Reducing Your Troubles

This entry is part 5 of 5 in the series Towards Functional Programming

In this post we’ll continue the refactoring of our now-a-bit-more-elegant Scheme code for doing reports in our hypothetical Gift Card scenario. We will discover another fundamental building block in the functional programming world, a function that takes a list, and reduces it to a single value, using an user provided reducer function.

Together with the list filtering function developed in an earlier post in this series, and the list conversion function in the previous post, we’ll see how our more generic functions can help rewrite a couple of twenty-line problem-specific functions into one-liners, showing off the composability of functions, and hopefully help you increase your understanding of functional programming at the same time.

Aiming for perfectionDarting the Obvious

Continuing our series of rewrites and generalizations, you notice that if you implement a date-minimizer called min-date you could also re-write oldest-used-here into a beautiful one-liner:

(define (oldest-used-here giftcards)
  (min-date (select issue-date (where used-here? giftcards))))

(min-date could internally use an earliest-date function, mentioned in the previous post, that would select the earliest date from its two parameters, but I’m not showing an implementation here)

However there’s something troubling you. Your refactoring-sense is tingling. While you’ve made good progress, you’re not quite there yet. You cannot quite put your finger on it, but there’s something you are missing. You are sure of it!

After a few hmm’s and ooh’s, and thatsnotit’s, you decide it’s the strange similarities yet differences between sum and min-date that’s bothering you. Both functions take a list of something (integers, and dates, respectively) and reduces this down to a single value (the sum, and the minimum date, respectively). Using this observation, could it then be possible to write a generic list-reducer-function somehow!?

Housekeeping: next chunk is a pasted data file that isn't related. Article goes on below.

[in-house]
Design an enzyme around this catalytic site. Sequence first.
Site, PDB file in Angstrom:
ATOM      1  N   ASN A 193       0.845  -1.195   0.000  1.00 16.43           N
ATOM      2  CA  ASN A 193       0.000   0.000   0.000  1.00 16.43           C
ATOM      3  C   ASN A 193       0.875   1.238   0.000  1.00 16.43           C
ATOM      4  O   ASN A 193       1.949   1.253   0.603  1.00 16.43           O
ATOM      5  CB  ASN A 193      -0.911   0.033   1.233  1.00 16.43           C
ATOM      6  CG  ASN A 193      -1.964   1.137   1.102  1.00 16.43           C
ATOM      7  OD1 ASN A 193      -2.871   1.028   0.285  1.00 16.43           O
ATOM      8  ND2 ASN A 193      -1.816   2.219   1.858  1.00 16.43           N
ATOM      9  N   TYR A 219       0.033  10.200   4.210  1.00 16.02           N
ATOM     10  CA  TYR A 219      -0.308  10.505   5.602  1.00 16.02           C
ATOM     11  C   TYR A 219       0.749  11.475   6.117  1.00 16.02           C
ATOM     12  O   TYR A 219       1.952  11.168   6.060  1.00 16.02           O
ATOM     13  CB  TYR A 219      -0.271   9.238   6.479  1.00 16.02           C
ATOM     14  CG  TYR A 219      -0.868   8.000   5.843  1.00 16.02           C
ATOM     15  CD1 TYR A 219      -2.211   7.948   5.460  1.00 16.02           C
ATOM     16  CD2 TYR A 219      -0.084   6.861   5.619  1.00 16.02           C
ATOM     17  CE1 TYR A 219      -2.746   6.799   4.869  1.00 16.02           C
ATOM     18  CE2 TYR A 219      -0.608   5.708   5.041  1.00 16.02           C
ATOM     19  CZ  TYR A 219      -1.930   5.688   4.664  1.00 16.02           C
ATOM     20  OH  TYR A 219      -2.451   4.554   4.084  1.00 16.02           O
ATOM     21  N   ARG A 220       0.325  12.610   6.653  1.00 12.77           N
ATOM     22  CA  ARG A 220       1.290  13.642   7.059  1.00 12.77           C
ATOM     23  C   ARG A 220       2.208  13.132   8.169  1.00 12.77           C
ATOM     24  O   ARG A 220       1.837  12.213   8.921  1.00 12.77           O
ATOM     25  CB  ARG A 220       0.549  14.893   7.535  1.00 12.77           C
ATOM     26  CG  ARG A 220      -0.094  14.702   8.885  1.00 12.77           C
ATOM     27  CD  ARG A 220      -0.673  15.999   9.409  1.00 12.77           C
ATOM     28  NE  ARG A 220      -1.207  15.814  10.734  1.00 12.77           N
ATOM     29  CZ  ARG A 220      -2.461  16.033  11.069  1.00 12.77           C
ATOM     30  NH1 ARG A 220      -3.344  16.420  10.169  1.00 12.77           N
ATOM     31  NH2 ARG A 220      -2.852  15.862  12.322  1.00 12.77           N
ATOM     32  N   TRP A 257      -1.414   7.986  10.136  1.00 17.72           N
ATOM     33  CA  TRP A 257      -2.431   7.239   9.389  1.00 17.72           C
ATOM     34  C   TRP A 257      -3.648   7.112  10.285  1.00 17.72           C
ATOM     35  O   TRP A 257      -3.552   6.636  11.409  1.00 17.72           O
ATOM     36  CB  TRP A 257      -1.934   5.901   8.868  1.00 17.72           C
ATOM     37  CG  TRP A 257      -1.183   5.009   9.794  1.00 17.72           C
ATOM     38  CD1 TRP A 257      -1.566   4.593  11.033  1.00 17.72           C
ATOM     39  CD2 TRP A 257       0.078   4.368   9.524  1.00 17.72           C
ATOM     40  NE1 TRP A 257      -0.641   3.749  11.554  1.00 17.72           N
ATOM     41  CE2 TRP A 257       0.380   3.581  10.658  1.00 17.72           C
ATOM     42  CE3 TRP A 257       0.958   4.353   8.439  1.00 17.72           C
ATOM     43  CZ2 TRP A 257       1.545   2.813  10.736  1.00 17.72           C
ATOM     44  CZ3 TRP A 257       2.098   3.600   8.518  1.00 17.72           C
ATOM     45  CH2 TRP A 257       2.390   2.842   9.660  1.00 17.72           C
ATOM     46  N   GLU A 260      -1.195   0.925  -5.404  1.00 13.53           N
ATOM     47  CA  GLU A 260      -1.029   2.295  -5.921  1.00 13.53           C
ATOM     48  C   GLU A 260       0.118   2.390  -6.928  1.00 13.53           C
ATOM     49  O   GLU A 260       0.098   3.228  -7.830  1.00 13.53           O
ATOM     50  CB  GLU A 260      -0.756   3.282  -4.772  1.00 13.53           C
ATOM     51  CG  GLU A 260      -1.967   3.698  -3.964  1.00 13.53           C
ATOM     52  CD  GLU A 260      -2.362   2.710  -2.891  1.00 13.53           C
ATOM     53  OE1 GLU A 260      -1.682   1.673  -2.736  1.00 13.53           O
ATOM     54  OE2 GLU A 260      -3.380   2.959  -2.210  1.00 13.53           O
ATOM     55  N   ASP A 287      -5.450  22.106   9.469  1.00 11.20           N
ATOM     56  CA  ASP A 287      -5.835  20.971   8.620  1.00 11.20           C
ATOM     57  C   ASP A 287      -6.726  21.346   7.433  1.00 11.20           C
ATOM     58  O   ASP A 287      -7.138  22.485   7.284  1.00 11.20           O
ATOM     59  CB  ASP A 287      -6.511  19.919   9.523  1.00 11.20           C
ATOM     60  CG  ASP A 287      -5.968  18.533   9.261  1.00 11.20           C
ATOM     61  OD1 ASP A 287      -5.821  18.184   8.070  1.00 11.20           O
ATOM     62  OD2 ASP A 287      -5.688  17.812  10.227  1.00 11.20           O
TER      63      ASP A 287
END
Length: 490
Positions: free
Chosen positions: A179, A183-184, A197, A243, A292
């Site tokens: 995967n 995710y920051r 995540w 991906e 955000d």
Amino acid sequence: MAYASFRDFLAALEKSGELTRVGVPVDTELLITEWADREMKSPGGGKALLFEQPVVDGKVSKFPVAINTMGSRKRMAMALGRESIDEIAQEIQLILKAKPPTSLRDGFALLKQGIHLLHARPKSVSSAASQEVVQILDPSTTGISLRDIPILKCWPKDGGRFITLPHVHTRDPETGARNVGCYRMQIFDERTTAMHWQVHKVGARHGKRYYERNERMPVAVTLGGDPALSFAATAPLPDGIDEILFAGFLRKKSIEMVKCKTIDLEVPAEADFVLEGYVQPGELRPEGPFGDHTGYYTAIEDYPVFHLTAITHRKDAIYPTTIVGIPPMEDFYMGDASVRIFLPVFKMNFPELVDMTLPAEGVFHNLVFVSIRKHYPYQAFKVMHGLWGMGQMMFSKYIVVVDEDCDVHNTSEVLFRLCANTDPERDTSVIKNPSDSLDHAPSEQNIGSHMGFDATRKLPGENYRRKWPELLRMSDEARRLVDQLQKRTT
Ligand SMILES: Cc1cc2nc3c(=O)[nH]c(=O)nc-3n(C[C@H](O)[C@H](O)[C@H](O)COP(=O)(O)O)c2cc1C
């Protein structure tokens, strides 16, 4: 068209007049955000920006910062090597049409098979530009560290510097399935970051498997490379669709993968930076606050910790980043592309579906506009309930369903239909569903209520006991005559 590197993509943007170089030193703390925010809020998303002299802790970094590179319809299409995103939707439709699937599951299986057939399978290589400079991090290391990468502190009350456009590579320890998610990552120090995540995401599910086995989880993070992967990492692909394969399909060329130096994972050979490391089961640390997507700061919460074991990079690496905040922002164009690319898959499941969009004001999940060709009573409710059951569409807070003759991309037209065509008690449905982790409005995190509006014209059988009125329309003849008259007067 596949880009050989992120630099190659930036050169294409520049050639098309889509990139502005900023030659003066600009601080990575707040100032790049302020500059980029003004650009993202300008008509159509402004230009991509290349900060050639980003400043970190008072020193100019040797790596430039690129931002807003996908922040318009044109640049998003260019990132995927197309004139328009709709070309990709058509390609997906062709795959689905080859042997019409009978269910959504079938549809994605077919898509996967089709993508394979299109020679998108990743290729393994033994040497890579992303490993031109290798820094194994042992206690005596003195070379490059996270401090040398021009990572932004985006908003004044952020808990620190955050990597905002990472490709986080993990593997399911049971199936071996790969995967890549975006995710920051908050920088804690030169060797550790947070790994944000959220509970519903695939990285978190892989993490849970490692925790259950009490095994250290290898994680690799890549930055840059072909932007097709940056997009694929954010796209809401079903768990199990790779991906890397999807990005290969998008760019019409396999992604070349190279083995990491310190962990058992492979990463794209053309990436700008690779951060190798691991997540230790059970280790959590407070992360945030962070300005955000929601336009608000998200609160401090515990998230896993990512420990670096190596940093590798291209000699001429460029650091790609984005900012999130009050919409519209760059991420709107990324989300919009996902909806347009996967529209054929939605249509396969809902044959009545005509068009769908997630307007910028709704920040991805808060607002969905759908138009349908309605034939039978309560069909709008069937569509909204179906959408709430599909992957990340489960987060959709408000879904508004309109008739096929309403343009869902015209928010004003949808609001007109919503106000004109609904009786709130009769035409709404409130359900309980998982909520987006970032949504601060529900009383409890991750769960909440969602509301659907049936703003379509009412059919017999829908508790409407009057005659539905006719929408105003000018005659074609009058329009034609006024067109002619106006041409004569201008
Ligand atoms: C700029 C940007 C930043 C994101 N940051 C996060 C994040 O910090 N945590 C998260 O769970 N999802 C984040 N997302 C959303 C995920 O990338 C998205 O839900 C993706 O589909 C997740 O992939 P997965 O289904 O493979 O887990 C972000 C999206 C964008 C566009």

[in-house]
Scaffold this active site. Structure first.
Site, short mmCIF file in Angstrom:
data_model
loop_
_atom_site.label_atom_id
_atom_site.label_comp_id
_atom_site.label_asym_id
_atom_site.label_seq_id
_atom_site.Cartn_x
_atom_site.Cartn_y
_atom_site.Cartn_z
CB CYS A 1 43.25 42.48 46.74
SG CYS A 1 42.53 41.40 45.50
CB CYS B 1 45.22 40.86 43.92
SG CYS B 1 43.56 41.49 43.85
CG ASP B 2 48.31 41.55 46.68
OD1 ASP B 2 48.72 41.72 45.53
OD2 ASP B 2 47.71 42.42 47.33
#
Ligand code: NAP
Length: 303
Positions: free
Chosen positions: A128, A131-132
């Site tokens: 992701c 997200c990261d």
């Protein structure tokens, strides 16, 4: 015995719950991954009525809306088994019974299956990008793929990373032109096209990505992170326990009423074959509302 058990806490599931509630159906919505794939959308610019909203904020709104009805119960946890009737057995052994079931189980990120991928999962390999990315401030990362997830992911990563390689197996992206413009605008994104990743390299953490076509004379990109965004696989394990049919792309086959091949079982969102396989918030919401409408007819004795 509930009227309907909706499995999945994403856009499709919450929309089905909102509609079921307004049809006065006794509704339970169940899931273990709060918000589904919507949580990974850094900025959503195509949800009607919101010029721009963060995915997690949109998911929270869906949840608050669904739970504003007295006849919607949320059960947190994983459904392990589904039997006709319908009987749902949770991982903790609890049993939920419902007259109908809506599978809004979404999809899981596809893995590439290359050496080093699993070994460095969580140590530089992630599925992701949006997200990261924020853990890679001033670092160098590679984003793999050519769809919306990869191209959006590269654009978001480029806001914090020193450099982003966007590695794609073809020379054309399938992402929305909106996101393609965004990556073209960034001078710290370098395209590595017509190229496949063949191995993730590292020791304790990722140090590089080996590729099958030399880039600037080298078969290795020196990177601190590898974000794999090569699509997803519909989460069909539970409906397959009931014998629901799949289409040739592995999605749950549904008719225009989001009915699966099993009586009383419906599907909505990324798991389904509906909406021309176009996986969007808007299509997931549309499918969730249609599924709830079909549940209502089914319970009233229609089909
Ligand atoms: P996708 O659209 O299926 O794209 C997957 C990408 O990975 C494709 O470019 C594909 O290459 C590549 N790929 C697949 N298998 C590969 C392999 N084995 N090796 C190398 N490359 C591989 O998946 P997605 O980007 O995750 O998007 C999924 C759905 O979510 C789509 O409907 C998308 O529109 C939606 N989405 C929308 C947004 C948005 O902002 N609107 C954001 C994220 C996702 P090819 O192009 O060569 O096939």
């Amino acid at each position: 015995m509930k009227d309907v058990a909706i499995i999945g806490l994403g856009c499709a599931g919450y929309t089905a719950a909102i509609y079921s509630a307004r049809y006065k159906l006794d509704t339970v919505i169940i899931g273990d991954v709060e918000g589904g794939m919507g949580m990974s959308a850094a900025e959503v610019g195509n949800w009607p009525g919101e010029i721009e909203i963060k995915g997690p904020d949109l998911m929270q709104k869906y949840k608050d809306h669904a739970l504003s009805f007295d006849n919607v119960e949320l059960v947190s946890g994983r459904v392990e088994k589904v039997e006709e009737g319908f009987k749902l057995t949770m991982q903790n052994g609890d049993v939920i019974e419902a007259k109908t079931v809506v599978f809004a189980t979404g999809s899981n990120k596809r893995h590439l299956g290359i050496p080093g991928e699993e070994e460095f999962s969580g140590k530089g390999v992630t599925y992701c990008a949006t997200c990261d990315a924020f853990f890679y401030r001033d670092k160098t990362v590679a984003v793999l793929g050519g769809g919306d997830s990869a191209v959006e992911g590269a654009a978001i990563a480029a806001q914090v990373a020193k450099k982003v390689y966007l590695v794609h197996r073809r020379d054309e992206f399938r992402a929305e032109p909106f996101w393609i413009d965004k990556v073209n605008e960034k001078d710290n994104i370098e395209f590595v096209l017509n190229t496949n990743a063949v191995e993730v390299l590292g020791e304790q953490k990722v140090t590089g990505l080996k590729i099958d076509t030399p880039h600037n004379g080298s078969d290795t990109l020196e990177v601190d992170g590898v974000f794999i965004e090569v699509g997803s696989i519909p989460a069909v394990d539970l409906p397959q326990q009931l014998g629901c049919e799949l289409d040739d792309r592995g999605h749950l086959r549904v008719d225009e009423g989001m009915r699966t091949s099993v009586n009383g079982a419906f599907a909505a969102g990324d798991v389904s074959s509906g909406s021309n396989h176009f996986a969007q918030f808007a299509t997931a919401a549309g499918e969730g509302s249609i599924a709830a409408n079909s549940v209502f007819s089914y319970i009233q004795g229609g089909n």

After contemplating this insight for a while, you produce the following function in a burst of inspiration:

 1 ; the 'reduce' function turns a list into a single value using 
 2 ; a user-provided reducer function, and an initial seed value
 3 (define (reduce reducer current-value items)
 4   ; if there are no more items, return the current value
 5   (if (empty? items)
 6       current-value
 7       ; otherwise reduce the current value and the current item
 8       ; into a single value using the provided reducer function
 9       (let* ([current-item (first items)]
10              [remaining-items (rest items)]
11              [reduced-value (reducer current-value current-item)])
12         ; and recurse on the remaining items
13         (reduce reducer reduced-value remaining-items))))

(Notice that the reduce function didn’t need to define an iteration helper like we’ve used so many times now, as reduce already has all the parameters needed to simply recurse on itself.) Using the reduce function, you are able to re-write sum, and min-date as the following one-liners;

(define (sum numbers) (reduce + 0 numbers))
(define (min-date dates) (reduce earliest-date (current-date) dates))

I assume we have a current-date function, which is called without parameters to get todays date as a starting value for finding the minimum date. Obviously, if we are trying to find the minimum from a list of some future dates, “today” wouldn’t be a good starting value, would it. But in our given scenario we know we won’t have to deal with gift cards from the future (or will we, Mr. McFly?)

The value of uniformity

Also notice how in this example the sum function is able to use the addition function (+) in a way that for example C# cannot use its addition operator (+), as C# makes a language-level distinction between functions, expressions and operators, whereas these are interchangeable concepts in Lisp and Scheme, as well as in other functional programming languages, as it’s proven useful to be able to pass them around like this!